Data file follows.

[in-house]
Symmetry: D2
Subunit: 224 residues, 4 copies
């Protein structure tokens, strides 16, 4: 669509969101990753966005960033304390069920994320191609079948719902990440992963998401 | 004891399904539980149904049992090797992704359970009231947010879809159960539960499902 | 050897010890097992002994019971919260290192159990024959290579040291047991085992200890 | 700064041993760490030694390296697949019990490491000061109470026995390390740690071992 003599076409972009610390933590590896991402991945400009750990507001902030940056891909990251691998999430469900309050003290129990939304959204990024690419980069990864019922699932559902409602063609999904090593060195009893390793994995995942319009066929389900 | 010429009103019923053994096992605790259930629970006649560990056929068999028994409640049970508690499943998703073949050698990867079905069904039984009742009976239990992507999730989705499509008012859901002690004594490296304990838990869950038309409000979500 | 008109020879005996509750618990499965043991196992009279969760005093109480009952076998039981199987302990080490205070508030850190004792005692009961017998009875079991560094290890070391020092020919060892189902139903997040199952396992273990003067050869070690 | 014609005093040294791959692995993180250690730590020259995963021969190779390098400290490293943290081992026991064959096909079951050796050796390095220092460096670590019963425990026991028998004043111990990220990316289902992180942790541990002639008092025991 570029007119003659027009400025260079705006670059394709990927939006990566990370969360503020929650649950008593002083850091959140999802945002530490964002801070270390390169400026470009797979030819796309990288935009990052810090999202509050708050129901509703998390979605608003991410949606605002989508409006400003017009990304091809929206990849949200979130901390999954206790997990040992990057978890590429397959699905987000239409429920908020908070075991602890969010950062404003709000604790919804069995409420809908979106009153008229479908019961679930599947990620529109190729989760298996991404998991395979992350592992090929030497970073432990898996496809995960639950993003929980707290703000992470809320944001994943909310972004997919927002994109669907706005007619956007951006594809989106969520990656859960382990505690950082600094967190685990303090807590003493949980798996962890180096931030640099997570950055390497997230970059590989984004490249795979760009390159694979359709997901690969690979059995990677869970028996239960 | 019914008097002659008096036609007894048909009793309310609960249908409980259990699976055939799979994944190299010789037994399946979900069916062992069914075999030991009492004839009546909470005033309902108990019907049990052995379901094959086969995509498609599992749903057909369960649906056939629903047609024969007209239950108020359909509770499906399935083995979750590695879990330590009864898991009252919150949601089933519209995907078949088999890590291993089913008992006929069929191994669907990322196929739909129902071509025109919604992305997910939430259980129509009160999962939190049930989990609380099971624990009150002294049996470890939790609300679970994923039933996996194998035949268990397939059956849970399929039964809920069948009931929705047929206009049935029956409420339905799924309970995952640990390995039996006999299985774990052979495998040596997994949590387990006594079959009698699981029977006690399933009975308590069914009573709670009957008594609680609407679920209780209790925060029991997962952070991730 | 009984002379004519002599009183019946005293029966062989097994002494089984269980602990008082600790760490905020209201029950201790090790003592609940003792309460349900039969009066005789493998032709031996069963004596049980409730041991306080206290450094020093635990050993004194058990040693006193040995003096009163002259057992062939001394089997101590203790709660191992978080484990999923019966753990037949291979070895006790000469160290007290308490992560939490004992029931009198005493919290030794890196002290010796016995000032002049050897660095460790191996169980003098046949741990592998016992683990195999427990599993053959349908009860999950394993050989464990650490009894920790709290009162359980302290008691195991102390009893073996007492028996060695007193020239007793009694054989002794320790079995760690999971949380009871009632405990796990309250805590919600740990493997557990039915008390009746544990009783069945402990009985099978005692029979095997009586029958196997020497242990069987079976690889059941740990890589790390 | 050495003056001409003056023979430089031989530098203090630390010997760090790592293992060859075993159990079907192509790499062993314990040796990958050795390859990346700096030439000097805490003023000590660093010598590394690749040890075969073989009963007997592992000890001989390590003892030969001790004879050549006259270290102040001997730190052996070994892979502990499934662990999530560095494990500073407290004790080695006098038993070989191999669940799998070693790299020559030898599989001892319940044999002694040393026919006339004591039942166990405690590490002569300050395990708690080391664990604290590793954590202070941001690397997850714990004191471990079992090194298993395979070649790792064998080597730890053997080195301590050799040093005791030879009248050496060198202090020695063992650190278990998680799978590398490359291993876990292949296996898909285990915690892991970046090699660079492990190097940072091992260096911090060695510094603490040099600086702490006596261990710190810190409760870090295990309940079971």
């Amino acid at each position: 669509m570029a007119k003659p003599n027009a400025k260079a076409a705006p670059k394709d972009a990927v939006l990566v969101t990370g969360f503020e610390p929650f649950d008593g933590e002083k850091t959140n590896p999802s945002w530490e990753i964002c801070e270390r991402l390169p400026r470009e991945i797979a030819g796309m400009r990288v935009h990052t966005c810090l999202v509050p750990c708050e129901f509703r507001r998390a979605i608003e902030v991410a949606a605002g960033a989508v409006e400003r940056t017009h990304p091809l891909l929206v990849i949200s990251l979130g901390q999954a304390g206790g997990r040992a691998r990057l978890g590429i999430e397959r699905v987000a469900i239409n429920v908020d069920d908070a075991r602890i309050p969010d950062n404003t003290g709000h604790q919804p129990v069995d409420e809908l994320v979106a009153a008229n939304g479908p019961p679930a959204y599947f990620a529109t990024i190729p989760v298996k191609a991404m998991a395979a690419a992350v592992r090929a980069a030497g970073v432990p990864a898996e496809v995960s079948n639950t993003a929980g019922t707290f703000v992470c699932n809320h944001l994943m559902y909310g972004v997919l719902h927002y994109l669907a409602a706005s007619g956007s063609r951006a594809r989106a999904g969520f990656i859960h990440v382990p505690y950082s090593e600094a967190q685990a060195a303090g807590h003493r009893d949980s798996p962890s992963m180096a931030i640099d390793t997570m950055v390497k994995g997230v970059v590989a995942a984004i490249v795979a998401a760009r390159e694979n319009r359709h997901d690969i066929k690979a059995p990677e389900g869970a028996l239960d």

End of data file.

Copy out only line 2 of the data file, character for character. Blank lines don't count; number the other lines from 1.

Symmetry: D2